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Turnip Lanterns

Long before carving pumpkins became a staple of Halloween there was a tradition of carving turnips to create lanterns on the 31st of October. These lanterns were left overnight on gateposts, doorways and in windows in many parts of Britain. They were also attached to long poles as part of the festivities ,paraded around town and thrust before high windows to frighten the occupants, part of the tradition of trickery on this date.

These lanterns represented the spirits of the dead and are the origin of the pumpkin lanterns that are now part of the Halloween festivities. The use of a pumpkin stems from when the tradition passed to America, where pumpkins were available, and, easier to carve out than turnips. One theory is that it is an Irish tradition, moving to America with Irish immigration in the 19th Century. The tradition is also found on the Isle of Man and in Scotland.

I have talked to quite a few people who remember carving out turnip lanterns when they were children and with this in mind I decided to give it a go with help from my 4 year old son. A trip to the shops soon led to the discovery that there must be a world shortage of turnips as I had to settle for a swede, close enough I suppose although much smaller than a turnip.

After getting it home I soon discovered why pumpkins have replaced the turnip: the inside is rock hard and the usual spoon carving was not going to get me anywhere (unless it had a razor edge, which would make it a bit of a liability as a spoon).

As luck would have it I still had a few tools left over from wood carving days, in particular a couple of gouges, which are semi circular chisel used for carving depressions in wood. This made the carving a bit easier but it still took about 20 minutes. You can get bent knives for carving bowls and one of these may have been the perfect tool if I had one.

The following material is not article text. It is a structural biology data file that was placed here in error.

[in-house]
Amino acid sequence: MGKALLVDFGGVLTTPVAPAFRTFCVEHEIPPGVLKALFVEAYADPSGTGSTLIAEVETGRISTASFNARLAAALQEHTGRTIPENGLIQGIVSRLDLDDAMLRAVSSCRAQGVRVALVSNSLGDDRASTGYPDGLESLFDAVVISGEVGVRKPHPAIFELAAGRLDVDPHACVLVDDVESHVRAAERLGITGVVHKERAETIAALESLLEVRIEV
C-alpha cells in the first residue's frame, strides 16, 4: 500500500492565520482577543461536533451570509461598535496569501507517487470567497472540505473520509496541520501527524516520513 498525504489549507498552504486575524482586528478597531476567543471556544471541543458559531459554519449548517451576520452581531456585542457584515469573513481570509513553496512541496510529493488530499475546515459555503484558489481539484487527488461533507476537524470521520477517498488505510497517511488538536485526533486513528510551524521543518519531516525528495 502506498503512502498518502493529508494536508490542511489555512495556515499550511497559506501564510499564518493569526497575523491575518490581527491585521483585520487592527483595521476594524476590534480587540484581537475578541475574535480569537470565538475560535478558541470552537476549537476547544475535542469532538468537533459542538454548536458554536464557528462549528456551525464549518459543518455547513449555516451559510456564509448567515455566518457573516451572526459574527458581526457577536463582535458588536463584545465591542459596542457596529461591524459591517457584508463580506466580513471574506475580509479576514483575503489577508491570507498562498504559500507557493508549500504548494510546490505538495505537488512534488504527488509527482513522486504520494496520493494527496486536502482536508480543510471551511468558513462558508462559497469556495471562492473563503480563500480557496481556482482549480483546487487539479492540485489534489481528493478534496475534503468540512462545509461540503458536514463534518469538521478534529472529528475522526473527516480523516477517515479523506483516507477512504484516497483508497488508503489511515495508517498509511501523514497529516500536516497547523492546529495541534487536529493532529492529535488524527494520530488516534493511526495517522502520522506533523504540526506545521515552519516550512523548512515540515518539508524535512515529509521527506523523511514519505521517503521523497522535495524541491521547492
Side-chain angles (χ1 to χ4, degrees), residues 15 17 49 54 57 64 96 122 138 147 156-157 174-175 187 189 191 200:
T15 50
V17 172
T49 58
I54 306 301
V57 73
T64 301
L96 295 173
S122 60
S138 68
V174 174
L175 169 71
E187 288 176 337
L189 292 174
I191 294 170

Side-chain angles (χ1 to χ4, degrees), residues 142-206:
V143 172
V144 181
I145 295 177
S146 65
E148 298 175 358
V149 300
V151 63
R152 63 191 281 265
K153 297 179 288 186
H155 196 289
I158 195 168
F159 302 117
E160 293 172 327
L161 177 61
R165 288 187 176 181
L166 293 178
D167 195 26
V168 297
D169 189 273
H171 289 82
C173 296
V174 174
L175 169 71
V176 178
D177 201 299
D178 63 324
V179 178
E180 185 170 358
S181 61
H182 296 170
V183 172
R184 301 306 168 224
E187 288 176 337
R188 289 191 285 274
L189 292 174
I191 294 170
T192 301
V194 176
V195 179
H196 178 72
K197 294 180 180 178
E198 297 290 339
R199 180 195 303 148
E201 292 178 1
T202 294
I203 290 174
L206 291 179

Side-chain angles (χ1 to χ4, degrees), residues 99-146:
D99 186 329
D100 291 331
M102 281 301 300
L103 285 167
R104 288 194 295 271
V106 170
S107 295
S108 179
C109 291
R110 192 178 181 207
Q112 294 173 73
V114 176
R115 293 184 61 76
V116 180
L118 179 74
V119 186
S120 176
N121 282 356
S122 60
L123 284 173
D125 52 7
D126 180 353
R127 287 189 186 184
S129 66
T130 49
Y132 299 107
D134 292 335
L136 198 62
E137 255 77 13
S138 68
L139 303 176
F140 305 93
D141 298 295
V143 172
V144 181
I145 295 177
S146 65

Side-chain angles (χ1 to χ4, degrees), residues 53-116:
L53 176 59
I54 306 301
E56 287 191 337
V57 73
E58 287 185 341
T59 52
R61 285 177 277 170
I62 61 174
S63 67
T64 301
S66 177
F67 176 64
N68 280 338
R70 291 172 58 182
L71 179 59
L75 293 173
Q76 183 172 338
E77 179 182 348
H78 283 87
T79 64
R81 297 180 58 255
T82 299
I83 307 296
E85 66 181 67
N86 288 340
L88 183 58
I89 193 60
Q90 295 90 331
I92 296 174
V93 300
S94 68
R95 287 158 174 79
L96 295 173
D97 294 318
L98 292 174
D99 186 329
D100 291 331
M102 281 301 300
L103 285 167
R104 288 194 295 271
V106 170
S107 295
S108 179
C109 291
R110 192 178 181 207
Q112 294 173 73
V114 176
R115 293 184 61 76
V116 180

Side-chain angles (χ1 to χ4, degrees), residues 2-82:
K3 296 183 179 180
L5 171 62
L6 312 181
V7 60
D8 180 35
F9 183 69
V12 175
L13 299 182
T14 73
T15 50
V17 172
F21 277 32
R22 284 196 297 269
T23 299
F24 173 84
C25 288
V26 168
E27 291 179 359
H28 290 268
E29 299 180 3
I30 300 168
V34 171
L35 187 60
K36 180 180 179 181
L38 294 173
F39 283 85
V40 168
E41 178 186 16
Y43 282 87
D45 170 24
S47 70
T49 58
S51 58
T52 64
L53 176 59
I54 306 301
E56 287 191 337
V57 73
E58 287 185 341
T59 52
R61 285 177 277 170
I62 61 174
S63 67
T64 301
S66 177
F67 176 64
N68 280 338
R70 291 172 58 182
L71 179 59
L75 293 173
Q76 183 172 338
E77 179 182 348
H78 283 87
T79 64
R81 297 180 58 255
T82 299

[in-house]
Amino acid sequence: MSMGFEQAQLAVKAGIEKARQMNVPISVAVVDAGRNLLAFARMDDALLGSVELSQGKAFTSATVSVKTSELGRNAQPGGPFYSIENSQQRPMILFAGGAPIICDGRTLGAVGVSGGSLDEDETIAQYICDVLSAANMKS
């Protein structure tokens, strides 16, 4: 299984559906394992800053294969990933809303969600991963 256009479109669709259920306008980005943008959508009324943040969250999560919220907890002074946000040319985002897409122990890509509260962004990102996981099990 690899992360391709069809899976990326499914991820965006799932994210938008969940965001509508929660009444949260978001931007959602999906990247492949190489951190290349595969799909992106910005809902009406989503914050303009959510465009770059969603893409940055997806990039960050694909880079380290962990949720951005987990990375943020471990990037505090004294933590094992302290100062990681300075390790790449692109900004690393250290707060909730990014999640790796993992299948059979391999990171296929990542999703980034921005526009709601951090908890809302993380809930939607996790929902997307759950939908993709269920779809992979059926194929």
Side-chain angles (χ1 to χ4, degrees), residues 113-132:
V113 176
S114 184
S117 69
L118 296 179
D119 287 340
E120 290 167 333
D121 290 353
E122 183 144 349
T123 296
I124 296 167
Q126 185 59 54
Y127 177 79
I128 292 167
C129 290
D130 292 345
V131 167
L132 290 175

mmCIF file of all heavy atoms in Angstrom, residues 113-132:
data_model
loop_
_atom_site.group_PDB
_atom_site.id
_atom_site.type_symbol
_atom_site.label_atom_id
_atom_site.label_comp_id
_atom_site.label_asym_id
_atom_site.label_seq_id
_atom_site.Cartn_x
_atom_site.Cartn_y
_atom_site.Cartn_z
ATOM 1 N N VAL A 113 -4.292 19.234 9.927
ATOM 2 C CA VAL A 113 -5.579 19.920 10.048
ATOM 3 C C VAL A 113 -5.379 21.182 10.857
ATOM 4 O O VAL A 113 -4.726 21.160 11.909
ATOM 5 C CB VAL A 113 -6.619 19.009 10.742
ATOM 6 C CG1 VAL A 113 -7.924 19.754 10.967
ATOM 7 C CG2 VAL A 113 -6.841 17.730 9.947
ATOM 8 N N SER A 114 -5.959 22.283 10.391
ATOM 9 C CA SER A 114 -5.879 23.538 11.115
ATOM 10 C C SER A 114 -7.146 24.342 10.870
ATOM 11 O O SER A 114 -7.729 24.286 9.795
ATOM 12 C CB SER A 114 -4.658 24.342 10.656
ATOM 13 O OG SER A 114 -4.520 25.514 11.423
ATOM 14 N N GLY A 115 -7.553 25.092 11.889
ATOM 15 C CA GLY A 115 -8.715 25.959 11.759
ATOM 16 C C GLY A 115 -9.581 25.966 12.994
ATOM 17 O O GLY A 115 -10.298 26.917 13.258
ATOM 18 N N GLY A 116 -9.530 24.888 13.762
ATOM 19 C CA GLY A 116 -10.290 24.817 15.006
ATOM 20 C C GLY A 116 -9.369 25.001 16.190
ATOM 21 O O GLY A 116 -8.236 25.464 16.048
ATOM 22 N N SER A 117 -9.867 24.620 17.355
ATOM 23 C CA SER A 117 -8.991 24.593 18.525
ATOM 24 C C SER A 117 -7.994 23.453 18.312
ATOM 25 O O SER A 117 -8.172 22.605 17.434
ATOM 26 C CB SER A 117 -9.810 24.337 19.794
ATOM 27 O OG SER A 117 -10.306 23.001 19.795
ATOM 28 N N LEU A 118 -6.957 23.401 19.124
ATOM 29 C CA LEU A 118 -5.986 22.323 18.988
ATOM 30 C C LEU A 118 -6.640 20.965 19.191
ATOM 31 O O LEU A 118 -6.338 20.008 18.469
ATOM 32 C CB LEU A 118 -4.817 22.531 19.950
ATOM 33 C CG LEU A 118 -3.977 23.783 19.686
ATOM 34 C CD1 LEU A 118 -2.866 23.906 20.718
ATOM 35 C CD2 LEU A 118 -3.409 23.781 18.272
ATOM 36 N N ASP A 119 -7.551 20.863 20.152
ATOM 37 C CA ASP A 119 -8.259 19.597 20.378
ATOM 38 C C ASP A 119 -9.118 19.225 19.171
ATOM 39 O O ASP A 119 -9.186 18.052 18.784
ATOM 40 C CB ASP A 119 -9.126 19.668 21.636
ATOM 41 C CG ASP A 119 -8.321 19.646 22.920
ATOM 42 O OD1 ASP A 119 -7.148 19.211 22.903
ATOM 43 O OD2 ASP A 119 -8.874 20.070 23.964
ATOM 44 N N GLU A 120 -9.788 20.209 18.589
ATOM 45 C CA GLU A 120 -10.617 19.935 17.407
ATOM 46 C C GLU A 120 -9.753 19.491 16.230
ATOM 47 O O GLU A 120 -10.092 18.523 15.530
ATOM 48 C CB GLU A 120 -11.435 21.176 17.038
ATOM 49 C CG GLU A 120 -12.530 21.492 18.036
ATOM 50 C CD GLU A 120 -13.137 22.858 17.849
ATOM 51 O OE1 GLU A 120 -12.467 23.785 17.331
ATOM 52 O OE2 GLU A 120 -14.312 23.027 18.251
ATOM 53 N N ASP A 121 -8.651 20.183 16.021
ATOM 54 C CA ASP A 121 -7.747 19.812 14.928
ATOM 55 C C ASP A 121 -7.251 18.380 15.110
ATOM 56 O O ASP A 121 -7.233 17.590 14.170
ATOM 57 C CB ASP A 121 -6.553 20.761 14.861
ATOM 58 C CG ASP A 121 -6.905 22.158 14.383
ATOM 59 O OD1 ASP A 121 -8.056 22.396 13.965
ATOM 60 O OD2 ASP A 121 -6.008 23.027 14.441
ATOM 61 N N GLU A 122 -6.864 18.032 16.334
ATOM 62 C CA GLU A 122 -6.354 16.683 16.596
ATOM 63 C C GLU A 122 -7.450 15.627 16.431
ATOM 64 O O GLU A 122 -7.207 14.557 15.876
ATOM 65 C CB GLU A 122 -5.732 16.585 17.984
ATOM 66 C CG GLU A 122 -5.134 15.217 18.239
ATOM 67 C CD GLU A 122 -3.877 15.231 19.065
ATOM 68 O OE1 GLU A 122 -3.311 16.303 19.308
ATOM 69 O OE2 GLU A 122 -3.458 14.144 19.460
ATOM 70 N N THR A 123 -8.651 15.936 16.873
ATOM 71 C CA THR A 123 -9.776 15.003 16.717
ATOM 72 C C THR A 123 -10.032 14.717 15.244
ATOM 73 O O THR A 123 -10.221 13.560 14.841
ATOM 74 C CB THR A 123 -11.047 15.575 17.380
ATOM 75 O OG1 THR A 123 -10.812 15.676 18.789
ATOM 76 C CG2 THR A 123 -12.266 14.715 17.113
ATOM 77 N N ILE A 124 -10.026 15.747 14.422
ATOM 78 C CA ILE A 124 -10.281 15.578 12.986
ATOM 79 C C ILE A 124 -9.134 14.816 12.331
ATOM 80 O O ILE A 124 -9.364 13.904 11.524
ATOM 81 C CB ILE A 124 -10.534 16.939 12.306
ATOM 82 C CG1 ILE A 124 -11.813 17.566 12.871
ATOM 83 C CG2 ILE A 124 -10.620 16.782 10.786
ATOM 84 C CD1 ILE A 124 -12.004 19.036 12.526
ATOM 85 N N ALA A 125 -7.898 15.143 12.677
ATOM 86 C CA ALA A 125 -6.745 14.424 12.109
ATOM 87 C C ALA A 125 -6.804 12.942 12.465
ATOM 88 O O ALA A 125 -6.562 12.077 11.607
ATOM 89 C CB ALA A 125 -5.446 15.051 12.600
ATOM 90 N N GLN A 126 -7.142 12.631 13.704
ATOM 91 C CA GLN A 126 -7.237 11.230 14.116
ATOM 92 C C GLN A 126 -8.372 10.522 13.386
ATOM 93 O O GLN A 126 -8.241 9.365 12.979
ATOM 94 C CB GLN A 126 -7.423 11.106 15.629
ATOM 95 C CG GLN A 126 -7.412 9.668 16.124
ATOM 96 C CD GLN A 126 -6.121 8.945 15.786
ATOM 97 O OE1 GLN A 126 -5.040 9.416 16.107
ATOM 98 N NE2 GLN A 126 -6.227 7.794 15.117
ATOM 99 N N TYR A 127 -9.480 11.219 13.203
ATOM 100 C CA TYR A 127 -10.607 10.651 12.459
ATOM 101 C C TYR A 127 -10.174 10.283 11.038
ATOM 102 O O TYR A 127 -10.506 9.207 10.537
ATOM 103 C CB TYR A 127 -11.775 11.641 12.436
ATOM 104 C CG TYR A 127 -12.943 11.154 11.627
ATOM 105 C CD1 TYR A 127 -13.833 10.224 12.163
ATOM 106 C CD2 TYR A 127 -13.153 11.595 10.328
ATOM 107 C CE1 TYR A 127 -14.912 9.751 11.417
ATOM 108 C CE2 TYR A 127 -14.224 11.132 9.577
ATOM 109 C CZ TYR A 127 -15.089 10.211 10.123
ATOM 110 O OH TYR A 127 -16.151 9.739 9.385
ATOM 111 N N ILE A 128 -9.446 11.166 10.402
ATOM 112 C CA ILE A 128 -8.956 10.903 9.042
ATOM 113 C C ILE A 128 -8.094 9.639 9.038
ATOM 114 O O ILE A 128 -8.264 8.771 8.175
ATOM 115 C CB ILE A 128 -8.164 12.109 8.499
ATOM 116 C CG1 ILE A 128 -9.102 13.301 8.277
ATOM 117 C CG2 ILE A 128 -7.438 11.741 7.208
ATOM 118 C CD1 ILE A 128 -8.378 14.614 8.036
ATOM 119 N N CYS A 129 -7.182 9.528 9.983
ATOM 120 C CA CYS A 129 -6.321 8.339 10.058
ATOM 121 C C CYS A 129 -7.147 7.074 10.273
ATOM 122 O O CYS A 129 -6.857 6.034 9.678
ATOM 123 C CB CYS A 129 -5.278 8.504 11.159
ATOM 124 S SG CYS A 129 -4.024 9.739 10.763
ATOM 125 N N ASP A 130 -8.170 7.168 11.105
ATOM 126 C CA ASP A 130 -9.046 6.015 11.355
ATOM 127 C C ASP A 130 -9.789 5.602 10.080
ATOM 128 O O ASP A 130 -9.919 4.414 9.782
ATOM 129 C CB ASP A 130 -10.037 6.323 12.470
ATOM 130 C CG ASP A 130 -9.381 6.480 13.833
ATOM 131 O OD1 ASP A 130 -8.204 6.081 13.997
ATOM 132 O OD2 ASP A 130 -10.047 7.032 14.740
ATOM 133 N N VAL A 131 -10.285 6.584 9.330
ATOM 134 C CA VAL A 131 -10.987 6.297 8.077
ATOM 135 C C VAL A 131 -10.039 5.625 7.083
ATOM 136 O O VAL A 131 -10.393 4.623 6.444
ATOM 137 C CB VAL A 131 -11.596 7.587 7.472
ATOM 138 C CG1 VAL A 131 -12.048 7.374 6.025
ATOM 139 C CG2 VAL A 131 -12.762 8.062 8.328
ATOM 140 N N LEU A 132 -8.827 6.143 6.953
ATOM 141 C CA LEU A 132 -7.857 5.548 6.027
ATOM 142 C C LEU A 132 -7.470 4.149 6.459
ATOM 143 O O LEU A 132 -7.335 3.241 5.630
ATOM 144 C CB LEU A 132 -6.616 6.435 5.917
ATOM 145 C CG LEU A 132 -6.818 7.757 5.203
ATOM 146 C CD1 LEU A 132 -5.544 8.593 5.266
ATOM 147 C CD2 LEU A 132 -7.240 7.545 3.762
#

After carving out the inside I set about drawing the pattern on the outside, ably helped by my son (as he couldn’t really help with the carving) which I then cut out with a sharp knife. Once the inside has been carved the rest of the process is no different to creating a pumpkin lantern although obviously on a much smaller scale (especially with a swede).

One word of warning though there may be good reason they were left outside overnight: after getting warm with the candle inside they really stink, I am talking rotten cabbage stench here, so the lantern was quickly consigned to the back step. The odd thing was it was gone in the morning, hopefully not to return on Halloween.

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Daniel Parkinson
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Daniel Parkinson
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Re: Turnip Lanterns

"A SWEDE is a TURNIP! I've been arguing this for 20 years with southerners. We used the ones my grandfather grew on his allotment (not that we told him!)"

I was wondering the difference was, they offer both at Tescos, but the turnips were tiny the ones on this
look a better size or are they swedes, now I am confused.